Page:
I guess Walmart has a lower cost of capital than truck leasing companies, so it’s cheaper for them to buy.

    http://www.walmartstores.com/sites/annual-report/2012/WalMart_Financials.pdf

  6. “Do they really own their own trucks? Seems a bit capital wasteful for a public company.”
    Depends what you think a supermarket chain is. There’s a good argument the core business is logistics. It’s certainly where supermarkets get their market edge. So why wouldn’t a logistics company own logistics?

  7. Presumably they allow it because they want the page clicks. They want you or someone else to write something pointing out how stupid that claim is and in no time, you’re off and the eye balls are firmly fixed to the flame-fest. They should beg Ritchie to write every day.

    It is not as troll-like as the Daily Mail or Salon but I bet it works.

    Meanwhile, Stanford University finds what we all know – passive smoking is a myth and not even remotely harmful.

    http://jnci.oxfordjournals.org/content/early/2013/12/05/jnci.djt365.extract

  8. @ SMFS
    Thanks for the link, which I can use to replace my standard comment that one of my friends, an actuary who had looked at and understood the data, said that “passive smoking” was filed under “p” for phlostigon – which only works if the listener has heard of phlostigon
    However, the study found no evidence that it was harmful, which is not the same as proving that it is not. Statistics cannot prove anything, (they can, very occasionally disprove something) but mostly they say this is very likely, or very unlikely to be true or we don’t have enough evidence (the last should be most frequent but people are much more likely to do statistical tests where they expect/want to get a definite answer).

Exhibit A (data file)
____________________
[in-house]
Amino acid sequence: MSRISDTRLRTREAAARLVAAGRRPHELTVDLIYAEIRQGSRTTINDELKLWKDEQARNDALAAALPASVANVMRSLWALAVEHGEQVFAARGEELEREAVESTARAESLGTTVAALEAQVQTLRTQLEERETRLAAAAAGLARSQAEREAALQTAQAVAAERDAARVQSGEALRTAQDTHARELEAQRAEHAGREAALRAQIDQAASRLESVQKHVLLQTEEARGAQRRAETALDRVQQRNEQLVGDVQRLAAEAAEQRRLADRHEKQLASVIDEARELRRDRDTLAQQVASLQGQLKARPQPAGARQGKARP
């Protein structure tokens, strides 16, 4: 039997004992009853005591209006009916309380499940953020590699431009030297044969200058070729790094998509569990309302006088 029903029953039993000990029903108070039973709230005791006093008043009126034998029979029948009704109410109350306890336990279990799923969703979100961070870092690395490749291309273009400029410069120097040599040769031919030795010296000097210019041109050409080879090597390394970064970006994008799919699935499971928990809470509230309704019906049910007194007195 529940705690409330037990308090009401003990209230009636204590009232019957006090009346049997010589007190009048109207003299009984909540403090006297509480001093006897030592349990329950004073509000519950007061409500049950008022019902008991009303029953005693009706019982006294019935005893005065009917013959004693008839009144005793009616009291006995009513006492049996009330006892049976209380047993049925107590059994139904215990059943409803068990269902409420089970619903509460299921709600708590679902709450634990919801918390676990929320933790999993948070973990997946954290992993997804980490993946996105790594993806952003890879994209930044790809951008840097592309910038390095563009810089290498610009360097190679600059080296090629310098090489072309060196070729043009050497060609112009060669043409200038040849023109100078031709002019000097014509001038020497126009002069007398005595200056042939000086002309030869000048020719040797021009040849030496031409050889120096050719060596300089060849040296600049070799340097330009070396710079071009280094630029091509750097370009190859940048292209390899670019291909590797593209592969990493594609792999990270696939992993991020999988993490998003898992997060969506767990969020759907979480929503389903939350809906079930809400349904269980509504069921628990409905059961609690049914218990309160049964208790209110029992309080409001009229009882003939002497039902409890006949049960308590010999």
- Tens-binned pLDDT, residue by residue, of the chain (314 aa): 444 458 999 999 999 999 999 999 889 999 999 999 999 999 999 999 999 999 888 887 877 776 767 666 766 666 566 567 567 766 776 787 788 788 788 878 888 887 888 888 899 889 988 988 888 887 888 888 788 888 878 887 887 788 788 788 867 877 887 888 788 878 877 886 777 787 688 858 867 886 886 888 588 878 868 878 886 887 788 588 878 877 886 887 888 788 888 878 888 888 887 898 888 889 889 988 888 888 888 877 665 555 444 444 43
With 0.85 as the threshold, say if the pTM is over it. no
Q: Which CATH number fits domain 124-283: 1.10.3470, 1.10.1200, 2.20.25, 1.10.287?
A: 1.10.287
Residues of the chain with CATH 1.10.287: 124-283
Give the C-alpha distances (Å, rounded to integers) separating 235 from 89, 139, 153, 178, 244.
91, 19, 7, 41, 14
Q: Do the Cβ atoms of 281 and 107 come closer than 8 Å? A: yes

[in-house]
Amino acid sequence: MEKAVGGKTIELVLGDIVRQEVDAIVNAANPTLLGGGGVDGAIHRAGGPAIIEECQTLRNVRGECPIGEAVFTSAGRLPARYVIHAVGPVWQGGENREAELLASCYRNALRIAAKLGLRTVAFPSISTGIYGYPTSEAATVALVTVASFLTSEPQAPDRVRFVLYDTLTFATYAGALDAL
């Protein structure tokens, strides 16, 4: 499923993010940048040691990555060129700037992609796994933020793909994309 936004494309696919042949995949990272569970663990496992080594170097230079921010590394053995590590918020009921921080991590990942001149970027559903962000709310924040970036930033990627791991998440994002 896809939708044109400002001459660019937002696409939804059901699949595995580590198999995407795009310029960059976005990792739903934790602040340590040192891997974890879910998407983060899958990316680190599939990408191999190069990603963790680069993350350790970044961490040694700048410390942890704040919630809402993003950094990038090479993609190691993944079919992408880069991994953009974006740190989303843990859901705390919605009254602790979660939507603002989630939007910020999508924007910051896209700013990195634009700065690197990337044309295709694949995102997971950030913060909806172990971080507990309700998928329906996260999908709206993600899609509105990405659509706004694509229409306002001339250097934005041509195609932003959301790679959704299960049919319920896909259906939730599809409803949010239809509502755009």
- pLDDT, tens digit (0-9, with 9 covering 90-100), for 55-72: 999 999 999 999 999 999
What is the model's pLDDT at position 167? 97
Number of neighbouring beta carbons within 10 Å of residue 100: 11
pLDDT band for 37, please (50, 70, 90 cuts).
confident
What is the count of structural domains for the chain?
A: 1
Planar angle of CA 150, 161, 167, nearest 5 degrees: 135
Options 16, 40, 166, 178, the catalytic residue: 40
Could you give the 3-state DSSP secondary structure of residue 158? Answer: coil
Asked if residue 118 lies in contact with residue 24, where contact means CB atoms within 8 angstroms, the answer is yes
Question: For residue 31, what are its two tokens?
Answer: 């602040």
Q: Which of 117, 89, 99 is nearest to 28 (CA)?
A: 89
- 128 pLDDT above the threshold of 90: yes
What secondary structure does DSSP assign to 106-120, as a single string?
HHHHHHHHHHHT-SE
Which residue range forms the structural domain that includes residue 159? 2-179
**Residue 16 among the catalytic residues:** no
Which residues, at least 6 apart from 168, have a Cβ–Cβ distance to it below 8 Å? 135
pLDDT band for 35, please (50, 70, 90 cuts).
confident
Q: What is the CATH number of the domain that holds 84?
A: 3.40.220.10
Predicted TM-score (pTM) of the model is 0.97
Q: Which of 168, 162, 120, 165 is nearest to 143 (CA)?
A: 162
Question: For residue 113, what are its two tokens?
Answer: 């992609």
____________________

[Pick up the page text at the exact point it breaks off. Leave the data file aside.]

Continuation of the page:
Lecture completed.
    Of course passive smoking is a myth – we could not measure the ill-effects of active smoking without comparing smokers and non-smokers in otherwise identical circumstances, which means the non-smokers are – allegedly – “passive smokers”.

  9. john77 – though it is possible to compare groups of nonsmokers with different levels of exposure to smoke (eg whether they shared a home or workplace with smokers) so it isnt as straightforward as “passive smoker” and “nonsmoker” being synonyms.

  10. BiS you are spot on, Walmart is more a distribution network and less a shop. Its can sell cheaper because it has a fantastically efficient distribution network. Its why it has expanded at the rate that it has done which is not that fast compared to other companies.

    The new stores only open when the distribution network has grown to cover the area. Its why their physical growth has been at a relatively slow pace but is utterly relentless. The distribution model minimises storage costs. Interestingly they also focus on details like getting suppliers to reduce unnecessary packaging as that reduces weight and allows for lower transport costs per item etc etc.

    The company most similar to Walmart is really Amazon which again is about distribution and logistics.